Chapter 5: Legal effects of responsibility
There are two main consequences of an IWA: first, the duty of the wrongdoing party to make reparation; and second, residually, the faculty of the aggrieved party to take CM. The first limb adds a new obligation to the primary obligation which has been breached, i.e. the obligation to make reparation. The second limb allows the aggrieved State to take material action in order to safeguard its interests. Consequently, the first is based on a legal obligation with a correlative legal right, and the second on a legal faculty with no correlative legal burden. The first is addressed directly to the responsible State; and the second is addressed directly to the aggrieved State. The first tells the responsible State what it must do; and the second tells the aggrieved State what it could do.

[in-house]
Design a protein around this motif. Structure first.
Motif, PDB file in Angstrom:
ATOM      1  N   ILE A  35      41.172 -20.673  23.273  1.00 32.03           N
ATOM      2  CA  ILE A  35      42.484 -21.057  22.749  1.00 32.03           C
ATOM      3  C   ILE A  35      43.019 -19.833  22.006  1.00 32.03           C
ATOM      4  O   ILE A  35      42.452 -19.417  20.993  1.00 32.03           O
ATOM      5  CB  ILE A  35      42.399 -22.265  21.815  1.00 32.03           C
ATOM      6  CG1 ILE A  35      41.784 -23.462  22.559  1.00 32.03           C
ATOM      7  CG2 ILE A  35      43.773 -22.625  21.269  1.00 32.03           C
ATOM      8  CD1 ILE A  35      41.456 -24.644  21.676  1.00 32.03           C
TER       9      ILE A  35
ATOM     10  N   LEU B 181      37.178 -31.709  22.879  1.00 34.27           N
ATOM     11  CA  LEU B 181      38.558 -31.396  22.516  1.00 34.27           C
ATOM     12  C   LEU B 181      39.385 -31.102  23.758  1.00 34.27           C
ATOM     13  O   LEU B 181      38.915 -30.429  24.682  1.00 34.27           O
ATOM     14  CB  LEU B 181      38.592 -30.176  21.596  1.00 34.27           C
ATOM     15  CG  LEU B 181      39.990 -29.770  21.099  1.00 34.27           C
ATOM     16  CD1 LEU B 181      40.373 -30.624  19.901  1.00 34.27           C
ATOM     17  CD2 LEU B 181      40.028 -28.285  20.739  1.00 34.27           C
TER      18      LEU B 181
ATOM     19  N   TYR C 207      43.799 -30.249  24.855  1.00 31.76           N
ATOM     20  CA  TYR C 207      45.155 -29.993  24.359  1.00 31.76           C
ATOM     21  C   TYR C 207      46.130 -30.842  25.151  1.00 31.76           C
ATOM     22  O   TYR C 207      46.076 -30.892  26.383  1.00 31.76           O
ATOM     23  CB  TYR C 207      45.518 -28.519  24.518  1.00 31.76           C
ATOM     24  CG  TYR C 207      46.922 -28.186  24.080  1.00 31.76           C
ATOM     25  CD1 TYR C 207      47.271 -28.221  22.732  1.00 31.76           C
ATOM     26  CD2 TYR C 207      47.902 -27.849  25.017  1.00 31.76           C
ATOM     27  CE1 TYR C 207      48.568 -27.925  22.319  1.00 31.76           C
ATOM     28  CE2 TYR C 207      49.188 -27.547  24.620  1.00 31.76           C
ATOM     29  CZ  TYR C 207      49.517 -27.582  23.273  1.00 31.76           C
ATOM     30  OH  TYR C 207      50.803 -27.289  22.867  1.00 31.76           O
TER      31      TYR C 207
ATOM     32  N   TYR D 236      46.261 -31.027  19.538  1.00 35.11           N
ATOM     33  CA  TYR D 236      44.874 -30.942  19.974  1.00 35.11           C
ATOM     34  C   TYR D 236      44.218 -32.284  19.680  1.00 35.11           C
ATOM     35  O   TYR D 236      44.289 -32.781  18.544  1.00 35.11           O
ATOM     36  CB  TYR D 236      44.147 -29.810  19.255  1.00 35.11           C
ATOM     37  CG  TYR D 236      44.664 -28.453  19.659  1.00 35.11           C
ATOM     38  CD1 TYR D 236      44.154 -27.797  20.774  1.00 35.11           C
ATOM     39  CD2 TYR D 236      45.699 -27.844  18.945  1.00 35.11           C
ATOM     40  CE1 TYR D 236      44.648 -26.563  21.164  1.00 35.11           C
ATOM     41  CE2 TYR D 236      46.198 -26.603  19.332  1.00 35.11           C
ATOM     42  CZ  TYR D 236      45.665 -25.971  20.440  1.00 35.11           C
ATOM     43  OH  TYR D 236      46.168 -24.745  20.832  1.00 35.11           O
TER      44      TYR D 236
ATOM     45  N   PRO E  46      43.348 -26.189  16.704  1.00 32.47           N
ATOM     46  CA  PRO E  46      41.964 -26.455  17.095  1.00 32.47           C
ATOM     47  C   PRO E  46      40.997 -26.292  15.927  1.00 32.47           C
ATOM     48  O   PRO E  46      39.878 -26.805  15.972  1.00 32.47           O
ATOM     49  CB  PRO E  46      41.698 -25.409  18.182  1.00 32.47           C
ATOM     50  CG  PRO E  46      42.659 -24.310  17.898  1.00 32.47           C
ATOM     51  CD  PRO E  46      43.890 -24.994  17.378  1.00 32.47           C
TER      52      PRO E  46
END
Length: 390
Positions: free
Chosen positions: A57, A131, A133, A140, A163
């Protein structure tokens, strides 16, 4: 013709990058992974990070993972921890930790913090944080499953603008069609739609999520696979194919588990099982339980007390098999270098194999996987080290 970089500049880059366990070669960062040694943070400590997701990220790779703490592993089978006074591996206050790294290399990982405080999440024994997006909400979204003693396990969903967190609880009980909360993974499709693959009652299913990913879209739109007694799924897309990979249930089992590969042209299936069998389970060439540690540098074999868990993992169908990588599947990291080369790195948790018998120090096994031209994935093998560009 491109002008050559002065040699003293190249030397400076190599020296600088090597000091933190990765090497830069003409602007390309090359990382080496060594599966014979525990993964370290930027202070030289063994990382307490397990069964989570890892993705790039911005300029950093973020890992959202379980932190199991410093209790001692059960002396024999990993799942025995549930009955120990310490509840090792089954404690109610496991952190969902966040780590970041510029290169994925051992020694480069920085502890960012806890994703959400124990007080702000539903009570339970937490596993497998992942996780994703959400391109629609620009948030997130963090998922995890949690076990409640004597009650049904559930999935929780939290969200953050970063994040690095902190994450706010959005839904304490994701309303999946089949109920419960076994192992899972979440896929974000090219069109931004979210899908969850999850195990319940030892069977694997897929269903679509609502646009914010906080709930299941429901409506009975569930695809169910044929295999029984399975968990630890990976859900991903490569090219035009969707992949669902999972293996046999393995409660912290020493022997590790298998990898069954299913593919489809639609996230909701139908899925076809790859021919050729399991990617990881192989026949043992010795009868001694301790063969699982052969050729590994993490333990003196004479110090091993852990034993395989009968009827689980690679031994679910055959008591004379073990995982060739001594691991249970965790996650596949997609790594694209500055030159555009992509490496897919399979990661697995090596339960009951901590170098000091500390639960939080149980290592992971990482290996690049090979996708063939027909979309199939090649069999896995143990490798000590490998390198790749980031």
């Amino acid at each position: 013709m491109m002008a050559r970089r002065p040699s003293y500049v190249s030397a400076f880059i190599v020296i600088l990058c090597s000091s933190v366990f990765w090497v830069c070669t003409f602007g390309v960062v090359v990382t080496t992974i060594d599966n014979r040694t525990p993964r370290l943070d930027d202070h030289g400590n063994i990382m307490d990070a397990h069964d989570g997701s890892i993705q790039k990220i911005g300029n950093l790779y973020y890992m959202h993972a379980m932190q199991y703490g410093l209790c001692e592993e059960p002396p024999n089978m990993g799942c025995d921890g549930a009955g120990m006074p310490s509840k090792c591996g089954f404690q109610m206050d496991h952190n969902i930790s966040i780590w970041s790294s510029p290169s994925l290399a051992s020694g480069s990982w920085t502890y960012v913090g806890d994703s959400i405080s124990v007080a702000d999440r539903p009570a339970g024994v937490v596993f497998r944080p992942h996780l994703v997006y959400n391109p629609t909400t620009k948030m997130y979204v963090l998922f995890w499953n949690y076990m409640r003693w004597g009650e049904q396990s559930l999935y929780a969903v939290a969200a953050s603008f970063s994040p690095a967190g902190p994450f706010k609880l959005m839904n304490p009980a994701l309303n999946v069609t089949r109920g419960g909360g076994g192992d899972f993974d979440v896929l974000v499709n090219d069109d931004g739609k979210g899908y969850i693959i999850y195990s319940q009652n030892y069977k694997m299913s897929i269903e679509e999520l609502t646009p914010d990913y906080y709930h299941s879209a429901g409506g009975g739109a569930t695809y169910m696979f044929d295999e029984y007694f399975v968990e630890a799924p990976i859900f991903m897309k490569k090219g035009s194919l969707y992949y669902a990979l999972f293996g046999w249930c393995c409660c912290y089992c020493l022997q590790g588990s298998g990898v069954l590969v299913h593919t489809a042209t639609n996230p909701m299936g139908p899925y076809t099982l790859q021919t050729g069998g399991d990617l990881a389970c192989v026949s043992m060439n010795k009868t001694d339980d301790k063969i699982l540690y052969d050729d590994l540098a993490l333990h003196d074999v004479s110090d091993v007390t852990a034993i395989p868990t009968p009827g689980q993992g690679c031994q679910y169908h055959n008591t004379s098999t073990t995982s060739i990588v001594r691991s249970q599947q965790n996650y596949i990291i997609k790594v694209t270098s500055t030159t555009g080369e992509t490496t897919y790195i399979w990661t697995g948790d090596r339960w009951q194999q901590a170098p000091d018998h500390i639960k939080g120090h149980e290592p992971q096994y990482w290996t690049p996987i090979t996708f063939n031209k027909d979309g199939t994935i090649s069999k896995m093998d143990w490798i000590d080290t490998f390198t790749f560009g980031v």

The duty of reparation enjoys some legal primacy. If the State or subject violating the primary obligation accepts the consequences of the breach and makes reparation, the issue is settled. The aggrieved State can demand no more than that. Responsibility is about re-equilibrating the sheets of a relationship; it is not concerned with punishing, an issue left to criminal law. Conversely, if the responsible State does not accept the demand of reparation or does not fully meet the quantum of reparation demanded, the injured State may take CM if a series of strict conditions are fulfilled. Thus, the claim of responsibility is settled in one of the following three ways:...
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